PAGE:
and unconstitutionally on a full and fair recount of tens of thousands
of votes in Florida.

This assault
on our democracy, as New York Congressman Gerald Nadler bravely said,
reeked with the whiff of fascism. Virulent racism against
African American, Haitian, Latino and other racially oppressed peoples,
anti-Semitism, and the complete contempt for democratic norms and institutions
were the footsteps on Bush’s march to the White House.

Some would
now like to turn this election theft of the 2000 elections by
Bush operatives into a fading historical memory. Let bygones be bygones,
they argue.

As an abstract
idea this sounds good on the surface. But closer to the ground it has
little merit. In fact, anything less than a full investigation of the
travesty of justice that occurred in Florida would be politically and
morally wrong. And such an investigation should be conducted by a National
People’s Commission of Inquiry – not by Dubya’s Justice Department and
Civil Rights Commission.

Too many
lives have been lost, too many tears shed, and too many dreams deferred
in the long march for the right to vote, especially in the South, to allow
this violation of democratic rights to be expunged from our nation’s collective
consciousness and for these crimes to go unpunished.


The next
four years are shaping up to be a defining moment for our country, simultaneously
pregnant with huge dangers and ripe with political possibilities.

In my speech
to our annual holiday party I mentioned that a historical parallel exists
between this period and the period just preceding the civil war.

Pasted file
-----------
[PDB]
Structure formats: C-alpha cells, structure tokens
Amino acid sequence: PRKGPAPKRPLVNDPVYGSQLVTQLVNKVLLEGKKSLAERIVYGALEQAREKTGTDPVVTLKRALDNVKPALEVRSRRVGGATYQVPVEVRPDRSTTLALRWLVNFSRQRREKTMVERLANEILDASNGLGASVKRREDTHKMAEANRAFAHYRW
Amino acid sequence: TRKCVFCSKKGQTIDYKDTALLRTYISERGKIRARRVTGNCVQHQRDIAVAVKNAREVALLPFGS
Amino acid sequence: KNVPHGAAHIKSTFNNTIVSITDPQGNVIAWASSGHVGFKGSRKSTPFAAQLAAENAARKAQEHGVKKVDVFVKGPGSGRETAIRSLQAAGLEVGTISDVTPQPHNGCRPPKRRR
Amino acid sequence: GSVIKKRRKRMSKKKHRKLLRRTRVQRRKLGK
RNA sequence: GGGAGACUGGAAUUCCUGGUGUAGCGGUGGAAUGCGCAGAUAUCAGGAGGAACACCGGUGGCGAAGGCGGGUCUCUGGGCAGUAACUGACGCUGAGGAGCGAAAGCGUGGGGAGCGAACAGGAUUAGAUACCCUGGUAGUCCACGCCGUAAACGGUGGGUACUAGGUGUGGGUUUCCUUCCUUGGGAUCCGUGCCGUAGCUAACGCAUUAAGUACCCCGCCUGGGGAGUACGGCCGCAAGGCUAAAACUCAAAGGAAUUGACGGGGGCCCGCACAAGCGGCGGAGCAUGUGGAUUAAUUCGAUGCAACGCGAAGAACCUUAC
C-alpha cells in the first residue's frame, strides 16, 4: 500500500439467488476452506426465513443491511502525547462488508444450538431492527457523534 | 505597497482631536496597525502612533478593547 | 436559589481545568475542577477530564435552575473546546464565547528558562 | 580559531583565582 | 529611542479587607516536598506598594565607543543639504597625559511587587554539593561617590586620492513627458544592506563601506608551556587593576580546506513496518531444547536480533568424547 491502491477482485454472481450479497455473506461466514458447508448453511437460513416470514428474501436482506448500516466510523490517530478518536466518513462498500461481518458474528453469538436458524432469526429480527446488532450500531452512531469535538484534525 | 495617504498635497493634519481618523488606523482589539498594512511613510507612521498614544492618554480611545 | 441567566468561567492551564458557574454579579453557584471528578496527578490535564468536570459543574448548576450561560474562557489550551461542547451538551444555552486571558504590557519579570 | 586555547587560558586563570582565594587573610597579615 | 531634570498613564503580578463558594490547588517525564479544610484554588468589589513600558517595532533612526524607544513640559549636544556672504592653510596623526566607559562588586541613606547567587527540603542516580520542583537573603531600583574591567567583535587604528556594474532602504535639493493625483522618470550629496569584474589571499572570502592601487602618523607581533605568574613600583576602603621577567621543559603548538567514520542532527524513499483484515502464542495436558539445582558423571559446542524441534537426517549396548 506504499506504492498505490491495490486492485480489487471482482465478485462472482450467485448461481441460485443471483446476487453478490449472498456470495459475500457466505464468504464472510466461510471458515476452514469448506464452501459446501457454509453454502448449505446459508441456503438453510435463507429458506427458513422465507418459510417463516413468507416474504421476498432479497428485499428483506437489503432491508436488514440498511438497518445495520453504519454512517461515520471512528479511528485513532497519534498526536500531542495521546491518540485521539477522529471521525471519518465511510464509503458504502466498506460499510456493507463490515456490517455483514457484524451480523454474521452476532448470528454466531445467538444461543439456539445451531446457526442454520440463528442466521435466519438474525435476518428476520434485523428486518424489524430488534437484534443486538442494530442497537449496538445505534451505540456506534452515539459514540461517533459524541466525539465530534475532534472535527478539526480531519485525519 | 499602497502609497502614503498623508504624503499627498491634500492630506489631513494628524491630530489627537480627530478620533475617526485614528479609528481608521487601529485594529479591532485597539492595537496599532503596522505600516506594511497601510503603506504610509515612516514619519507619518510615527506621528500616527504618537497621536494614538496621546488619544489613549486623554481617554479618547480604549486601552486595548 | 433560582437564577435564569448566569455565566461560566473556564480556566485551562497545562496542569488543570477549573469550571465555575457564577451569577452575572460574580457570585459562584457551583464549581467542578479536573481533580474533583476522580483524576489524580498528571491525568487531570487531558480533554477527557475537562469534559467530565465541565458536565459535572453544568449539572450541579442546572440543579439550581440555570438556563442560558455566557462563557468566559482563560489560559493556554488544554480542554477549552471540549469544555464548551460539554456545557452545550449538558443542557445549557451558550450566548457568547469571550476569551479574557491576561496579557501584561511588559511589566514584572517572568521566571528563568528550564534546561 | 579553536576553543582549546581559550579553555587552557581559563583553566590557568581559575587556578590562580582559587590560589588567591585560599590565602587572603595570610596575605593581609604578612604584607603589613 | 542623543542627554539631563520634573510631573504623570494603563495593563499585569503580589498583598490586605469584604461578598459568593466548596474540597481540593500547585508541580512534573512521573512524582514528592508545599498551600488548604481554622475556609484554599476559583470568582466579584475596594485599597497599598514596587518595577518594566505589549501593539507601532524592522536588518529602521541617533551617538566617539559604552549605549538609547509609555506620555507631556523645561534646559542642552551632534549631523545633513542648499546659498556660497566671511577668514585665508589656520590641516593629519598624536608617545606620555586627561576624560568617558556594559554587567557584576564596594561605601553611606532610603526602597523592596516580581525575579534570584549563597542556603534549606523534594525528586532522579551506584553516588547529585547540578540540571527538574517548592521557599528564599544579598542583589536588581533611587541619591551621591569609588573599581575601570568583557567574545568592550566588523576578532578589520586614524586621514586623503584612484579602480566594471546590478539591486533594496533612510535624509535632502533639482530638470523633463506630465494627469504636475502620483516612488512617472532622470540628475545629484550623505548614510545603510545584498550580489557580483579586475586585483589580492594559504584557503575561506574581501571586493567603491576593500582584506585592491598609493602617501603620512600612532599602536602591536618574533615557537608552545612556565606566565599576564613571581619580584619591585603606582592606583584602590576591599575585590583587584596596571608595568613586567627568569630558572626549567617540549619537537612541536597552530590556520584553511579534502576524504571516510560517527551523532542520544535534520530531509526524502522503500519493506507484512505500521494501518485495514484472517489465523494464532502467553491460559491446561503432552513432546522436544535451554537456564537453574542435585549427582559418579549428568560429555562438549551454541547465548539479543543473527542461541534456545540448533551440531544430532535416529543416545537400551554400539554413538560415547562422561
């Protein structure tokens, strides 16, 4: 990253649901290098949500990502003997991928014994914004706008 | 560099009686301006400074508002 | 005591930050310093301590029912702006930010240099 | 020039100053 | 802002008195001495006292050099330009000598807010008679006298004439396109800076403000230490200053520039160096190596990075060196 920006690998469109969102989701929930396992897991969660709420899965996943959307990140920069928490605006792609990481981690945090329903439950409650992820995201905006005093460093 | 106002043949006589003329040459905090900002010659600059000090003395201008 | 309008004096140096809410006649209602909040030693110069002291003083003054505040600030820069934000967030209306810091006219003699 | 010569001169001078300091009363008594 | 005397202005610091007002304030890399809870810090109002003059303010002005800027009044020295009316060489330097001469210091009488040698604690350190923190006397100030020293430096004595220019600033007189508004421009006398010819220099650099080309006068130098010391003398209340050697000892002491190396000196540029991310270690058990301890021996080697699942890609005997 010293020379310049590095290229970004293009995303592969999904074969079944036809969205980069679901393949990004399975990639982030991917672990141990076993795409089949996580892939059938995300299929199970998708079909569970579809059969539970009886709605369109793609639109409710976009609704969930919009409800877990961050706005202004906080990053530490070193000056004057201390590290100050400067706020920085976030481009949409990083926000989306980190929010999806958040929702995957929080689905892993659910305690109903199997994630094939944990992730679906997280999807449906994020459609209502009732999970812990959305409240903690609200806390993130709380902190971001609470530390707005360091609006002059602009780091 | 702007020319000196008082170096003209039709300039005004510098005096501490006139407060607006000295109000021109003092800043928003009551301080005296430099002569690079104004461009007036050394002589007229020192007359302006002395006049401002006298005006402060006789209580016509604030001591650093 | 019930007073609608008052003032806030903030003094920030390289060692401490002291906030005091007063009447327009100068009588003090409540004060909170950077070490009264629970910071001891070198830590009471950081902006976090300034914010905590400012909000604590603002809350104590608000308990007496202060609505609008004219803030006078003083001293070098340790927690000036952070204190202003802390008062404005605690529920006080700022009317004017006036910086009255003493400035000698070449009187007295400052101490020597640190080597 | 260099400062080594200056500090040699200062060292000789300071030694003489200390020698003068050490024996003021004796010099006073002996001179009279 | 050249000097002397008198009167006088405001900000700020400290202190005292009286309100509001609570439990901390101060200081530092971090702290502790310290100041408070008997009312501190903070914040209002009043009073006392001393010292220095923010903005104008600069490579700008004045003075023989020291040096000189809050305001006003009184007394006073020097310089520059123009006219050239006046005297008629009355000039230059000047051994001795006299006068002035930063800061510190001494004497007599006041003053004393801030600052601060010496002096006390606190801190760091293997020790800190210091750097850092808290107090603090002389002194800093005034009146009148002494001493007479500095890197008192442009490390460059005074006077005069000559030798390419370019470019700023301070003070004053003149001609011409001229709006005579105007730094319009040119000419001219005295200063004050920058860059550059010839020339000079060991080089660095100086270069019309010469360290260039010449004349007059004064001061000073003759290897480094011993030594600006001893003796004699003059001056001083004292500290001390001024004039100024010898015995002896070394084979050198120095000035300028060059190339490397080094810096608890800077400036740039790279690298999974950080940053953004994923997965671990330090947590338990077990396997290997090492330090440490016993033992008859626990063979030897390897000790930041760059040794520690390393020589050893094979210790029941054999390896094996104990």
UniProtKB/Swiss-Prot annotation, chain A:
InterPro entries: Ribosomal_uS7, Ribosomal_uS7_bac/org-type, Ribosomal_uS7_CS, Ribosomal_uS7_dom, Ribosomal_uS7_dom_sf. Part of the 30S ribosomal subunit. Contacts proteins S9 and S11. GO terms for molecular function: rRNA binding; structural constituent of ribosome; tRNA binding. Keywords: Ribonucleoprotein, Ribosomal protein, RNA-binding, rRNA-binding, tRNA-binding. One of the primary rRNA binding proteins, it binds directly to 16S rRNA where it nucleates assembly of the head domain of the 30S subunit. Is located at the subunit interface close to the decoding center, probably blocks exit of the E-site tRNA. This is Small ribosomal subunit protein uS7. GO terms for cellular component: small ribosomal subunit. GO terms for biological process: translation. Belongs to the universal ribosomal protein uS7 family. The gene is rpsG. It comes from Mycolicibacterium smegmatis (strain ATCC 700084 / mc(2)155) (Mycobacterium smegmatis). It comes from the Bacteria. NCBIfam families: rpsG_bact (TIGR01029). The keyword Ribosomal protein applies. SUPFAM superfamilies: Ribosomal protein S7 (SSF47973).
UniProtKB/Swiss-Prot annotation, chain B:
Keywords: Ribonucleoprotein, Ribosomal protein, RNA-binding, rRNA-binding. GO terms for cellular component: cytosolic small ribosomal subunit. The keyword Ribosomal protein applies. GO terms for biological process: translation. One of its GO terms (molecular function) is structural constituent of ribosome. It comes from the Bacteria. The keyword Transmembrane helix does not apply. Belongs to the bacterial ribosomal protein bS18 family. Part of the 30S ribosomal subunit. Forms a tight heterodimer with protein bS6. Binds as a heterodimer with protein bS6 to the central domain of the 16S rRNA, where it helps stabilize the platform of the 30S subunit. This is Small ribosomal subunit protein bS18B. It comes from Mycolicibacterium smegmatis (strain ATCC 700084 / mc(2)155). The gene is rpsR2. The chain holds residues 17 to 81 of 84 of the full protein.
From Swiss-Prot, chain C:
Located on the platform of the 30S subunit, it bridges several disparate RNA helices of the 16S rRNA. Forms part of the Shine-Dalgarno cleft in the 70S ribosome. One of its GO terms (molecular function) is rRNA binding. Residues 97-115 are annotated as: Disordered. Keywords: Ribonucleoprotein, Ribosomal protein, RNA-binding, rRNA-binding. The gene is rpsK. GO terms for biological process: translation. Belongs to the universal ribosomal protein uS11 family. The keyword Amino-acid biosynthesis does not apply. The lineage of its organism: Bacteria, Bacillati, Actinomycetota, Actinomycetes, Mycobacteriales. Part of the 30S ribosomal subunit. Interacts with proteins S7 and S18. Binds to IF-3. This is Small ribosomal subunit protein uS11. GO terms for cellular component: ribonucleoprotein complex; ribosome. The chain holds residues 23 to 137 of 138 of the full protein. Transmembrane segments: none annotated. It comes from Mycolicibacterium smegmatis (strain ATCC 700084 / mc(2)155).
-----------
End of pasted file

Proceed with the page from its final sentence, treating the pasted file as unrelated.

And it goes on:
Now some
of you may think that my case suggesting a historical parallel between
today and the decade preceding the Civil War is a bit thin on evidence.
And maybe on closer inspection of the historical record we will find that
you are right and I’m wrong.

After all,
God and Fred Gaboury know it won’t be the first time that I’m guilty of
an erroneous interpretation of history. But even if I am, one point that
I won’t concede is this: A fundamental struggle over democratic rights,
understood in the broadest sense, is moving to a new stage. It pits the
extreme right, who are determined to severely restrict those rights, against
a broad democratic movement that seeks to expand and deepen them. And
the outcome of these struggles will leave their mark on our country for
decades to come.

To its credit,
even the usually staid New York Times captured the essence of this political

work resumes tomorrow, in Washington and in all branches of the nation’s
vast economy," the editorial page editors wrote, "no one should
doubt that this particular new year could be the threshold of a new era
of contention over protecting the security of the nation, shaping the
daily lives of the citizens and guarding the very land upon which we live."

Thus the
stakes are high and the task falling on the shoulders of this enlarged
meeting of the National Board is to make the most rounded assessments
of this defining moment and, in turn, to develop appropriate tactics and